Mathematically Speaking: How Do Smith/Finke Records Compare To Dressel?

by Barry Revzin 74

February 25th, 2020 College, News, Opinion, SEC

Last week during the SEC Championships, Florida sophomores Kieran Smith and Bobby Finke rewrote the distance freestyle record books – settings marks of 4:06.32 in the 500y and 14:12.08 in the 1650y, respectively. At this point, Florida very nearly owns all of the men’s freestyle records, missing only the 200y free (an event in which Kieran Smith is the 4th-fastest all time and still has NCAAs in a few weeks to improve further).

One USA Swimming coach posed the question on Facebook shortly after Finke’s swim, asking “so this is as impressive as Dressel, right?”

Ignoring the question of ‘versatility’ (Caeleb Dressel made history in so many races), on a single event scale that got us thinking about how it does compare to Dressel’s historic swims of 2 years ago. 

We thought it would be interesting to try to contextualize what a 4:06 and 14:12 actually mean as far as swimming history goes, and we don’t just mean quote-tweeting Zane Grothe, whose records they beat. Let’s start by going back in time. Way back to a bygone era, long before these swimmers were even born.

The year is 1995. Tom Dolan just broke the records in the 500y and 1650y freestyles himself, setting new standards of 4:08.75 and 14:29.31. The other freestyle records at the time were several years old: Tom Jager‘s 19.05 from 1990 and Matt Biondi‘s 41.80 and 1:33.03 from 1987.

Event 1995 Record 2020 Record
50 Free 19.05 17.63
100 Free 41.80 39.9
200 Free 1:33.03 1:29.15
500 Free 4:08.75 4:06.32
1650 Free 14:29.31 14:12.08

In 25 years, the 500 free record has gotten 2.43 seconds faster. Meanwhile the 200 free record has dropped nearly 4 seconds, and even the 100 free record has dropped 1.9!

In percentage terms, this is quite stark: the 500 free record has gotten just 1.0% faster, the mile 2.0% faster, while the 200 free has improved by 4.2%, the 100 free by 4.5%, and the 50 free by a totally nonsensical 7.5%.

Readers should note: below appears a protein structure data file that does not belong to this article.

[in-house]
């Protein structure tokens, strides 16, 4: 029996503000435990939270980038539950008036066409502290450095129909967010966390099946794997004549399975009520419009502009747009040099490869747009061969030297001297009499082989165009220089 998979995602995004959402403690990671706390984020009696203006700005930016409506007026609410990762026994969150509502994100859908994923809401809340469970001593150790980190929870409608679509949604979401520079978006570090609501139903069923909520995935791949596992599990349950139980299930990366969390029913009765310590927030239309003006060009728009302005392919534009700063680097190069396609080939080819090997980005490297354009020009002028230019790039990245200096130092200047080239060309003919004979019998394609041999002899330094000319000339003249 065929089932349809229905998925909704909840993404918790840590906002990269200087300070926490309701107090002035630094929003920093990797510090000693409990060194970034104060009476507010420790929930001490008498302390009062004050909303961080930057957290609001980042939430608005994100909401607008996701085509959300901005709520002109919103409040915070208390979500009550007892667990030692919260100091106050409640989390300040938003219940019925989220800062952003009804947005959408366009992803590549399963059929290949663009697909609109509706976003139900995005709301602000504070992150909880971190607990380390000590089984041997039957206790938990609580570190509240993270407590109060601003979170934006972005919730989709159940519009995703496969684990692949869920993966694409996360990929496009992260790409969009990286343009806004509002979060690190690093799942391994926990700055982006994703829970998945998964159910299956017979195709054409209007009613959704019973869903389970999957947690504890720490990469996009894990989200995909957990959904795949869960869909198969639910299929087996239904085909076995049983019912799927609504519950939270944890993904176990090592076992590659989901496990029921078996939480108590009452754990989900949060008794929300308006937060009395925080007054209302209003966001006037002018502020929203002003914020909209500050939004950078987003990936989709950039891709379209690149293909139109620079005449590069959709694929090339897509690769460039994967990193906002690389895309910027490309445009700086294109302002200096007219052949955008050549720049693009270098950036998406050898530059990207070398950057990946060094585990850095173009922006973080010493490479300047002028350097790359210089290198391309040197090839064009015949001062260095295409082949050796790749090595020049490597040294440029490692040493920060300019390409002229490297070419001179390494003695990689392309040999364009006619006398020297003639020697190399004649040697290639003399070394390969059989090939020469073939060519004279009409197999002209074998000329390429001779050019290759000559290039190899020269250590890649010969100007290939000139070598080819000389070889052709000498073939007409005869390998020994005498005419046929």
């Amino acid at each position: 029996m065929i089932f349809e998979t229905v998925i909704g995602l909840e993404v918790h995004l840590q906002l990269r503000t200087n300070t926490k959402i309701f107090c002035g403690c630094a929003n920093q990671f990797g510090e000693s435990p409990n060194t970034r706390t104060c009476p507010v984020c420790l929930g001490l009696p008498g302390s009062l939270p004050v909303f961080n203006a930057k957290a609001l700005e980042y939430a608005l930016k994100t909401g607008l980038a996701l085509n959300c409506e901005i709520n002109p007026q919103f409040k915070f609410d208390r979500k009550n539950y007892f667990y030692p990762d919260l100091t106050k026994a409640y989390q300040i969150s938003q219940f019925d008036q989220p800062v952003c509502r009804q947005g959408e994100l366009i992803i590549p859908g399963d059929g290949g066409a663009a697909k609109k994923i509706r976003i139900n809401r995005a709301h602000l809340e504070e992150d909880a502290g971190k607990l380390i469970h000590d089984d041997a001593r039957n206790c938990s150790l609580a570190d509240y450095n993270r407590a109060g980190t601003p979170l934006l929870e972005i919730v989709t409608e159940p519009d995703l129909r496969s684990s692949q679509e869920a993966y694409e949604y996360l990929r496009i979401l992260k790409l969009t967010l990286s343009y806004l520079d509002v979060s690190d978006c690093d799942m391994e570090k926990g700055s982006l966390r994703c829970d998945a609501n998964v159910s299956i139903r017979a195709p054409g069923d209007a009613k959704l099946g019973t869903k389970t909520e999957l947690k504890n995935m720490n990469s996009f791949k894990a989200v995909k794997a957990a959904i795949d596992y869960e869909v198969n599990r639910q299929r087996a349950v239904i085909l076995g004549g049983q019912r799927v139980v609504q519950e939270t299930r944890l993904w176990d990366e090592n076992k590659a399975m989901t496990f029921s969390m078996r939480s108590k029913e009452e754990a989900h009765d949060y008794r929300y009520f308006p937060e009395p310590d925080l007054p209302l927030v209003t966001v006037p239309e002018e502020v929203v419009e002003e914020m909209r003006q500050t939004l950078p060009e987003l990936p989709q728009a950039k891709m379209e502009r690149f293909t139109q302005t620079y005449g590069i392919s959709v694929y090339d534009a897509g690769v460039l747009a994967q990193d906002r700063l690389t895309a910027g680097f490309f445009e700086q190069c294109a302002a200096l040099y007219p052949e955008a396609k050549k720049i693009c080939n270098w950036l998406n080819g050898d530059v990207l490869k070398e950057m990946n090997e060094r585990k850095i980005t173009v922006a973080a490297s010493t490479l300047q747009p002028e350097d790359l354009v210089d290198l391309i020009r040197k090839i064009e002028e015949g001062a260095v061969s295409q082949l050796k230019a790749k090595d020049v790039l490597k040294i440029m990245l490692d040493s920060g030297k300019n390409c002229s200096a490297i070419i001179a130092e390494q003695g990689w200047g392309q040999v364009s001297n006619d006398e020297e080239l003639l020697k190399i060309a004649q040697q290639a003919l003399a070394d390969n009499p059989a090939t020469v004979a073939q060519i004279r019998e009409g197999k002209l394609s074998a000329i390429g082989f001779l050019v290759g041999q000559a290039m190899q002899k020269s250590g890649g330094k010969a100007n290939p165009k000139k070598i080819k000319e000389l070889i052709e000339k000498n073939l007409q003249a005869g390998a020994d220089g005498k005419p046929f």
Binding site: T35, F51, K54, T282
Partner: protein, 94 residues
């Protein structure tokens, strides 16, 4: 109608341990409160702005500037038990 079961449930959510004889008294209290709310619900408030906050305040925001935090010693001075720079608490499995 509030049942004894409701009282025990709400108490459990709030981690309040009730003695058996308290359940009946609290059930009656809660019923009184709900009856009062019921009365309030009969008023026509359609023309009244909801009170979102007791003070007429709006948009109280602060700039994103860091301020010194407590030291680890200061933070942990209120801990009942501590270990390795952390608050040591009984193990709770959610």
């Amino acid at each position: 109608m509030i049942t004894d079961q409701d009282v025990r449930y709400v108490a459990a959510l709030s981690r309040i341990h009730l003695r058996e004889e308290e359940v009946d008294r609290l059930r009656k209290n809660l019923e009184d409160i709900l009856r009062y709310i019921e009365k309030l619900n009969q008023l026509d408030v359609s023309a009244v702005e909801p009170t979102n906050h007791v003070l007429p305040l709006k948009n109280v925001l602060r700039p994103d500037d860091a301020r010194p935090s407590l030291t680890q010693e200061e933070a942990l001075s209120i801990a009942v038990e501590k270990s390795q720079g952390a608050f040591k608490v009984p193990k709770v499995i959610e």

But we all know Dressel is an extreme outlier. Let’s compare the 1995 records instead to the second fastest performer:

Event 1995 2020 – 2nd Performer All-Time
2020 Rank of 1995 Record
50 Free 19.05 18.47 51st
100 Free 41.8 40.76 41st
200 Free 1:33.03 1:29.50 71st
500 Free 4:08.75 4:07.25 6th
1650 Free 14:29.31 14:18.25 18th

This may be a better way of looking at it. The distance events have improved by just 0.6% and 1.3% in the last quarter century, while the shorter events have advanced by 3.0%, 2.5%, and 3.8% respectively. Dolan’s times still rank in the top 25 performers all-time. Meanwhile, just last year, there were 12 splits in the 800 free relay at NCAAs under 1:32. 19.0 and 41.8 are still very fast times, but 1:33.0 won’t even make some school’s relays. And as of last year, thanks to Carson Foster, the National High School Record (1:32.99) is under 1:33 as well.

While the distance events haven’t improved as much as the shorter ones, how far ahead are Smith and Finke from their competition, as compared to Dressel and Dean Farris? Dressel’s marks are 4.5% (the 50) and 2.1% (The 100) faster than the second best performer. The other three are much closer: Farris’ and Smith’s marks are just 0.4% ahead of second-best, while Finke put a little more distance on the distance event – he’s a full 0.7% ahead of Grothe’s old mark.

Showing the above in a slightly different light, let’s look at the top two times of the year 2020 so far, including the two new records: